It's time to finally admit that fall has arrived and it's the perfect time of year to do some gardening. Sod, grass seed, bulbs, perennials and trees can be planted or laid down during this cooler time of the year. Fall actually provides growing conditions that are ideal for many plant types since the cooler temperatures allow the roots to grow into the soil more slowly.
Fall bulbs are currently being sold at local garden centers and now is the right time to get them planted. If you want a colorful array of flowers jumping out of the soil in the springtime start planting your daffodil, crocus, tulip and Iris bulbs now before the frost starts to set in.
Time to give your lawn some love
You'll be able to enjoy a thicker lawn next spring if you take the time now to seed and fertilize it. You can also lime it now if you'd like or wait until the fertilizing and seeding have been done and do it later this fall. If you plan on aerating your lawn this year make sure that it's done prior to the seeding.
Bring the plants back indoors
If you have indoor plants that you've taken out for the summer it's time to bring them back inside. They should first be sprayed with a natural insecticide to prevent bringing any bugs into your home.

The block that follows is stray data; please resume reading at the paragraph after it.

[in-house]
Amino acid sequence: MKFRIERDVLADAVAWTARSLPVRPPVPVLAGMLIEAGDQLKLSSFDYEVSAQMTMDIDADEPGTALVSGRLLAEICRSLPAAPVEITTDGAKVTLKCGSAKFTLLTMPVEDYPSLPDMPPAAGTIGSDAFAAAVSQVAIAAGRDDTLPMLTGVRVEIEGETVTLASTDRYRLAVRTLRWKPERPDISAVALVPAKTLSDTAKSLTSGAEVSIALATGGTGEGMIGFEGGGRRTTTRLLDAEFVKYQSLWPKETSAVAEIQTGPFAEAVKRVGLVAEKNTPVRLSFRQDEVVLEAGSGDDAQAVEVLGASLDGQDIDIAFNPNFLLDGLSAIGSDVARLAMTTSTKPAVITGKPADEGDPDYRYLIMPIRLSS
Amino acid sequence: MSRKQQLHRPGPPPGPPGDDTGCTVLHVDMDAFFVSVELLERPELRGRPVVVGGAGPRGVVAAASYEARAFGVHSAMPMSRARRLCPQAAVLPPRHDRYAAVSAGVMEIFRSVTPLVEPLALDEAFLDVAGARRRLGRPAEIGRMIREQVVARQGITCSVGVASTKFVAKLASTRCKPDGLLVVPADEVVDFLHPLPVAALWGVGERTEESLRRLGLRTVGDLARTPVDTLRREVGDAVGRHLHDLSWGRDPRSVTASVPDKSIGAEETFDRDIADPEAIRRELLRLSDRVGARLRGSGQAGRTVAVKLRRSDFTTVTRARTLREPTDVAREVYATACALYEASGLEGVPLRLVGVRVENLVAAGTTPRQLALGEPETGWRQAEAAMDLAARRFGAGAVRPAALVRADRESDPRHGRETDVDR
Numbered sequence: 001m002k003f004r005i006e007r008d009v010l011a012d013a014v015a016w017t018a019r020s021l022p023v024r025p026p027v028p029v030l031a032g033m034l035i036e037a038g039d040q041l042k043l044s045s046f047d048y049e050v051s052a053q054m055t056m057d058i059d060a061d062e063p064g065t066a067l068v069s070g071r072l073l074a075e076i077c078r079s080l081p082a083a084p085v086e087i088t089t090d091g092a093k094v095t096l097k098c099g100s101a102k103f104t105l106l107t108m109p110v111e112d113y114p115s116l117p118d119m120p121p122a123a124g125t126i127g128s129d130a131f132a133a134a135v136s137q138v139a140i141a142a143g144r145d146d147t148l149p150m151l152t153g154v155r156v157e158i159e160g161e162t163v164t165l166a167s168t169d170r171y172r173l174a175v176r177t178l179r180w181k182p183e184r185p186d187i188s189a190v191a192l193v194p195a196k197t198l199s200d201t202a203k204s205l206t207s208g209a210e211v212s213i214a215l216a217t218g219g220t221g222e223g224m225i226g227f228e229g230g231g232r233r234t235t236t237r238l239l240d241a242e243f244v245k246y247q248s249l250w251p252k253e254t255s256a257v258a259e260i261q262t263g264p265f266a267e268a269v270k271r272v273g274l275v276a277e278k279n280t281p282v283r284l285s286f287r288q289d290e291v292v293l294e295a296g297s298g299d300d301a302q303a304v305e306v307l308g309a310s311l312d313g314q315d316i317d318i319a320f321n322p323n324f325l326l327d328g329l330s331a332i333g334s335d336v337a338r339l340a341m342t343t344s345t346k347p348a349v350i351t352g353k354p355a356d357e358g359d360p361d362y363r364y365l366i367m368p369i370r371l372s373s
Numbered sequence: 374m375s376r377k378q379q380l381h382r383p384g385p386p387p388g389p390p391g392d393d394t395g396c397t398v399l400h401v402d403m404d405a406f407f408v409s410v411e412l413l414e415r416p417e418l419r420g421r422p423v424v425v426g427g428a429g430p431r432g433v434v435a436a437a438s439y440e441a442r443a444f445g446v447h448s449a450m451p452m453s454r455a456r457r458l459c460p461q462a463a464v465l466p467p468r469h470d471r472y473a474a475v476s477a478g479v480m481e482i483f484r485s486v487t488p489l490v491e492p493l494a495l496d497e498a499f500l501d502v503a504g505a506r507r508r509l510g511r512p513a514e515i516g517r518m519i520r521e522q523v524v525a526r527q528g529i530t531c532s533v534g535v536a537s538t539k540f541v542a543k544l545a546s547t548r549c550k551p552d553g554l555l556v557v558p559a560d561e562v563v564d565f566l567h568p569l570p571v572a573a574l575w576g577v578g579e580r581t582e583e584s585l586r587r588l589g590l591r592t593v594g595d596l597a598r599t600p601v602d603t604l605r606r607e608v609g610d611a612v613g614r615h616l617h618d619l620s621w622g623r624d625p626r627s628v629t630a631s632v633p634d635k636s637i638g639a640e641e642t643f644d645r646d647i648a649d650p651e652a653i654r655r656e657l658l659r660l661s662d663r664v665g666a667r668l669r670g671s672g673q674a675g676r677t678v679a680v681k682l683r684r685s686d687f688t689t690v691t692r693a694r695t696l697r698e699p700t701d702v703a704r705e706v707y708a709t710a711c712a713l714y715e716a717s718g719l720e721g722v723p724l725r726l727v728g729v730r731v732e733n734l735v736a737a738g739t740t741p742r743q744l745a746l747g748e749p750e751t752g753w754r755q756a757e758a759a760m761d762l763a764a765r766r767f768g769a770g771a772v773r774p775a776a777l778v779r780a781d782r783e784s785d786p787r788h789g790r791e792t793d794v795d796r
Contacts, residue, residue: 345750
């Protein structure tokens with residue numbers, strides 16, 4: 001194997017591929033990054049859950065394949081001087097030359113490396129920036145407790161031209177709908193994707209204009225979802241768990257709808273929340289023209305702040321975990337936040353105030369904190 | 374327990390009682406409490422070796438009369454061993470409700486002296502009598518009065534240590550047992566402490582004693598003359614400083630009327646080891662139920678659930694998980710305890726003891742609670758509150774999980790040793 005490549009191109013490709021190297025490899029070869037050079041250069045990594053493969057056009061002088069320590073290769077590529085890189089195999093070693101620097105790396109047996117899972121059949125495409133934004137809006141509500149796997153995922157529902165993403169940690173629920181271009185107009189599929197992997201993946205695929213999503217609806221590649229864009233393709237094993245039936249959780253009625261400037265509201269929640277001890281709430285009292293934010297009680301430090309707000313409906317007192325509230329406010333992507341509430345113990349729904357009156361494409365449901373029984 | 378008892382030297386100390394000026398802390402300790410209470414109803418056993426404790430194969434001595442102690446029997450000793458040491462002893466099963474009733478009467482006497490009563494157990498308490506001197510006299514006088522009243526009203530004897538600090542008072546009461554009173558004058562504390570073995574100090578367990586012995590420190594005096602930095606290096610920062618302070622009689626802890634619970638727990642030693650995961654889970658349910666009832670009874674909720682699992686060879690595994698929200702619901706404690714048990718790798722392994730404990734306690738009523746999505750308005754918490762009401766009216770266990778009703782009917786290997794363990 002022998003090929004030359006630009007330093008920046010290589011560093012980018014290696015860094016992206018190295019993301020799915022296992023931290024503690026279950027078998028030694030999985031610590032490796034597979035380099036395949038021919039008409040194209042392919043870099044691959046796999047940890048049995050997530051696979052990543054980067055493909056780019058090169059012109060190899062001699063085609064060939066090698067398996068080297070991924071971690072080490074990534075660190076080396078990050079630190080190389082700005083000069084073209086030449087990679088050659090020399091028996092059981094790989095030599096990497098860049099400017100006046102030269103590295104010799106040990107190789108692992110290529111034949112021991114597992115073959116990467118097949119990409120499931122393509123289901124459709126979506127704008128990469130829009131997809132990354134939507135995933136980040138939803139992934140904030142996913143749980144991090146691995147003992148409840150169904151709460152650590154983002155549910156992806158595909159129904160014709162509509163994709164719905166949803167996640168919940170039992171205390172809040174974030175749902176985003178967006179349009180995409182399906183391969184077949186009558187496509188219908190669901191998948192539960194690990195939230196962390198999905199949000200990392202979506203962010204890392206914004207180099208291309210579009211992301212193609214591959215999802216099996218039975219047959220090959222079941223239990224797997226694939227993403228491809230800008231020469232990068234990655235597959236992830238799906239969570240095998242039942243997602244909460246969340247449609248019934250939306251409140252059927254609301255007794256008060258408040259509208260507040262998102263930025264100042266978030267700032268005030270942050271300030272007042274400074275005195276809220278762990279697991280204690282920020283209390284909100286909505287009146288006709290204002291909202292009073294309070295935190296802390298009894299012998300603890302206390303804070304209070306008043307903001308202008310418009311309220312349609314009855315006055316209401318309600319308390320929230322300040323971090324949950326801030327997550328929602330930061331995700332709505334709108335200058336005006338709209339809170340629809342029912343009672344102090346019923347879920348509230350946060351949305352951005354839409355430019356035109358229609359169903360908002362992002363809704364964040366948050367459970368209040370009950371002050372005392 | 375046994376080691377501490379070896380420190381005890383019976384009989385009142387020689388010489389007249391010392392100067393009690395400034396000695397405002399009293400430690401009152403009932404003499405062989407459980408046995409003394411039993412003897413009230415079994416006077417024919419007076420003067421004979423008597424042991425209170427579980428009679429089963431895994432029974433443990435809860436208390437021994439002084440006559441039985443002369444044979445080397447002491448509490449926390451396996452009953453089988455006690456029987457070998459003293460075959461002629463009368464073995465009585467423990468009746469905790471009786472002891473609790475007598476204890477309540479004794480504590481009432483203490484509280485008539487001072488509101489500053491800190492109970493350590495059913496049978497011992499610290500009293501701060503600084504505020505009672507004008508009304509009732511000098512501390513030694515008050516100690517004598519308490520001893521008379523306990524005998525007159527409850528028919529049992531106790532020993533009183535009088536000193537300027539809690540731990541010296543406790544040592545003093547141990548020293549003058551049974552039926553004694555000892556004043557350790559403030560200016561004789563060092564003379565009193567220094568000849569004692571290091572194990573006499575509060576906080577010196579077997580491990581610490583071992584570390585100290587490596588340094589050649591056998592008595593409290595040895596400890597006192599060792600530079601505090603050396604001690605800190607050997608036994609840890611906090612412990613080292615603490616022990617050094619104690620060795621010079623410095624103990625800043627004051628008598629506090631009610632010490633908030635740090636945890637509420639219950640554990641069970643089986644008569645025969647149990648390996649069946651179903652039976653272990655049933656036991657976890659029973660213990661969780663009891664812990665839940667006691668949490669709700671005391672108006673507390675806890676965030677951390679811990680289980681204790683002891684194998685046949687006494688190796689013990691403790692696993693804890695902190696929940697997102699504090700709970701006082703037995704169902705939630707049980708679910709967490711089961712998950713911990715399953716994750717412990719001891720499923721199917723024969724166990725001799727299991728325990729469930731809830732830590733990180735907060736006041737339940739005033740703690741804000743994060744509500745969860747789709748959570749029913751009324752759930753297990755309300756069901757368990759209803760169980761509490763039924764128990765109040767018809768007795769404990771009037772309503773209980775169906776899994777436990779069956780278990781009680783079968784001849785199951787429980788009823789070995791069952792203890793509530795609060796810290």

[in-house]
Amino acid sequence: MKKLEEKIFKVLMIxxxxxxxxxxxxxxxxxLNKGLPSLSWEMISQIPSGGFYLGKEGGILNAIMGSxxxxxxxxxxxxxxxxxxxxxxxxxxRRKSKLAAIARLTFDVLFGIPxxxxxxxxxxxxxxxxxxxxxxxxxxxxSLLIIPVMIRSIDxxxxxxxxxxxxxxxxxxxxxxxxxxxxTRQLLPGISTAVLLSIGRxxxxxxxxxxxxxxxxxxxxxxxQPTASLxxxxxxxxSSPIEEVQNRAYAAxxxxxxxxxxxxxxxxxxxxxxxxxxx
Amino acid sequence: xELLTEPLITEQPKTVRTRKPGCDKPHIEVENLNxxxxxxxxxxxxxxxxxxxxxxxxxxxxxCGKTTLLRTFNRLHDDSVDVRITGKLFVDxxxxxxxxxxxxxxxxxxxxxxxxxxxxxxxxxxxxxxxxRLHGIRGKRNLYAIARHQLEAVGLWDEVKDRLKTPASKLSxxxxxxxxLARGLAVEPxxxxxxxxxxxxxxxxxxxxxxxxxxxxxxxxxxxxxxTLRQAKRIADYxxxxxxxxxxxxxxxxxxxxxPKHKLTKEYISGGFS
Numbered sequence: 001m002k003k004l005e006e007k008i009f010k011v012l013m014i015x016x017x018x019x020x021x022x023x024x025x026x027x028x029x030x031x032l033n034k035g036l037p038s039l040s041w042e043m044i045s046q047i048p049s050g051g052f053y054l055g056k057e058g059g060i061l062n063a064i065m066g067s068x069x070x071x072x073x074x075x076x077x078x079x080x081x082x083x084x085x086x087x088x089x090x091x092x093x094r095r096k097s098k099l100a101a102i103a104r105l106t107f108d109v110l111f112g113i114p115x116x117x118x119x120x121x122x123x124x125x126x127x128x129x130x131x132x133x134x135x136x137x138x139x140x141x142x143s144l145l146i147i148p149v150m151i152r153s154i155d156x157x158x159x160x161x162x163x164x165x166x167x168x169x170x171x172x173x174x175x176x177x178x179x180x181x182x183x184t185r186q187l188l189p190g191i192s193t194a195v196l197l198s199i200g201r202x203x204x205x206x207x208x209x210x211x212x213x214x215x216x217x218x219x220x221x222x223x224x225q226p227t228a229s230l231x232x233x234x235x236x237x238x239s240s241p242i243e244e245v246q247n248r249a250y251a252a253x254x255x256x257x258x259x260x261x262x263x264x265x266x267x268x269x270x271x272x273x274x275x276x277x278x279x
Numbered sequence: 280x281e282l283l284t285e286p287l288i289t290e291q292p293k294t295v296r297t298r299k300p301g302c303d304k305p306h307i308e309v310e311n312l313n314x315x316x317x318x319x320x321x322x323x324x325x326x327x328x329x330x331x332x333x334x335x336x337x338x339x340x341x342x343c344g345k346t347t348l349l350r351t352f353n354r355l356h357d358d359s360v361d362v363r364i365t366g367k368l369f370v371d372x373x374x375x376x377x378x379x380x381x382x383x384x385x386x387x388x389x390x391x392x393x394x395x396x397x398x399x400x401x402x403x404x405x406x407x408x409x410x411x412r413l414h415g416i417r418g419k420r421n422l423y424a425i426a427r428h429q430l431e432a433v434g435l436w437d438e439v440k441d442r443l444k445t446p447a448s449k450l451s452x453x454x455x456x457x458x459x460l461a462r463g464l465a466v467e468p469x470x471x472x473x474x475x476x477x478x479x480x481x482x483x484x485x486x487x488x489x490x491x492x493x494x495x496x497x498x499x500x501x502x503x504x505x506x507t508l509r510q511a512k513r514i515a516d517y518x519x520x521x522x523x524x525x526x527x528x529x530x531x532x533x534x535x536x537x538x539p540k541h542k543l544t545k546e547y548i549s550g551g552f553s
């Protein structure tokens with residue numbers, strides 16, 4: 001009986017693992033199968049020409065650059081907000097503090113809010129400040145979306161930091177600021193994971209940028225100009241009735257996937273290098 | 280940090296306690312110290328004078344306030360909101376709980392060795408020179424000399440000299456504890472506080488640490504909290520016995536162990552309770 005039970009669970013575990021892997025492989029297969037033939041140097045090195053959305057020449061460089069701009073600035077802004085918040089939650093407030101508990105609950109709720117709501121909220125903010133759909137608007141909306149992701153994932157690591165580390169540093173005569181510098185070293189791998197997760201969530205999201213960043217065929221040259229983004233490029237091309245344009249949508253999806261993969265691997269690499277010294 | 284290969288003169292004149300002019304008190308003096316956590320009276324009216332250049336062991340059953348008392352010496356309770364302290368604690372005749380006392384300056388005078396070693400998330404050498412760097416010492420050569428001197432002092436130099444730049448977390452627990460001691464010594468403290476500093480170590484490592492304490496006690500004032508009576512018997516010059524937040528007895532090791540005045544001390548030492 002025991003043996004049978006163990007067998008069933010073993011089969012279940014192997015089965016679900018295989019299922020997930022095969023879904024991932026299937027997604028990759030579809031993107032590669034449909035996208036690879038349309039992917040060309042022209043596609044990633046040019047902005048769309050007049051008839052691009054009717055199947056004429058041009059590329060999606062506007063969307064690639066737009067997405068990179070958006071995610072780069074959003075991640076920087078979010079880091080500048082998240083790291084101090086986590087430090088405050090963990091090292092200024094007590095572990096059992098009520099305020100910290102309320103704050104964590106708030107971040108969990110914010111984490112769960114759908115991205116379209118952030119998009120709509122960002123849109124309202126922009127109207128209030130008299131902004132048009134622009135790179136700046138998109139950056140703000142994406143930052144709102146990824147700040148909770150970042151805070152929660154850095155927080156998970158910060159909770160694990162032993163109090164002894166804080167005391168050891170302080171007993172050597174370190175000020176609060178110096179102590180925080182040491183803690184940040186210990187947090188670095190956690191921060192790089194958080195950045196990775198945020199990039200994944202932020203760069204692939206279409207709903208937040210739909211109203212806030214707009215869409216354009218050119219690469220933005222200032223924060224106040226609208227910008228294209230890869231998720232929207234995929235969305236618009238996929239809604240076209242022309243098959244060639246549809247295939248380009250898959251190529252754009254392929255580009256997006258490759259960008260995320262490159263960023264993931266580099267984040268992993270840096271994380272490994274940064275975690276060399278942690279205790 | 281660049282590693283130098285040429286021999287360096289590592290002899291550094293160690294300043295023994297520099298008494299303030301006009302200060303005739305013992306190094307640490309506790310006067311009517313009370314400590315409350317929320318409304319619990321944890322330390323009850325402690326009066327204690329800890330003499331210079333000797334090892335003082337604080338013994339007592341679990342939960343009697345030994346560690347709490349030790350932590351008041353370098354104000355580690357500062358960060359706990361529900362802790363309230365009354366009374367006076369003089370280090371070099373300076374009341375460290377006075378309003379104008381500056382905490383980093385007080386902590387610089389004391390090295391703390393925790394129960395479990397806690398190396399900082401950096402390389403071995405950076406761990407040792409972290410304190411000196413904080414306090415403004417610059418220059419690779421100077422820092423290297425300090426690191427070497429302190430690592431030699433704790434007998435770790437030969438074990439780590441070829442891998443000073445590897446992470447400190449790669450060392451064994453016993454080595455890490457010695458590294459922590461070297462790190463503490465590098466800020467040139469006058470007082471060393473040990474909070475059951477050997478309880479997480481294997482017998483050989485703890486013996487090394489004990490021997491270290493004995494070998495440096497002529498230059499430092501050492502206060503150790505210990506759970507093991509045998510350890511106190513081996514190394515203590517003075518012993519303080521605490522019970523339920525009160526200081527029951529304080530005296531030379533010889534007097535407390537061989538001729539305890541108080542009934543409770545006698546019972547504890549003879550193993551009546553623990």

Preventing winter weeds
You can prevent weeds from gathering on your lawn during the winter months now by applying weed control on the lawn. If you do need to de-weed now, however, you won't be able to seed until spring since you are supposed to wait at least 60 days before applying the seed after the weed control has been applied.
Feed your plants
Purchase a slow release type of plant food for your plants and get some fertilizer for your flowering shrubs and perennials. Don't forget to fertilize your trees as well to help them get through the cold winter months and thrive in the spring.
If you're worried about frost arriving sooner than anticipated have a lightweight tarp at hand that you can spread over your impatiens, begonias and petunias. This will help to keep them warm and prevent them from freezing so that they can continue to bloom until the extreme cold arrives.
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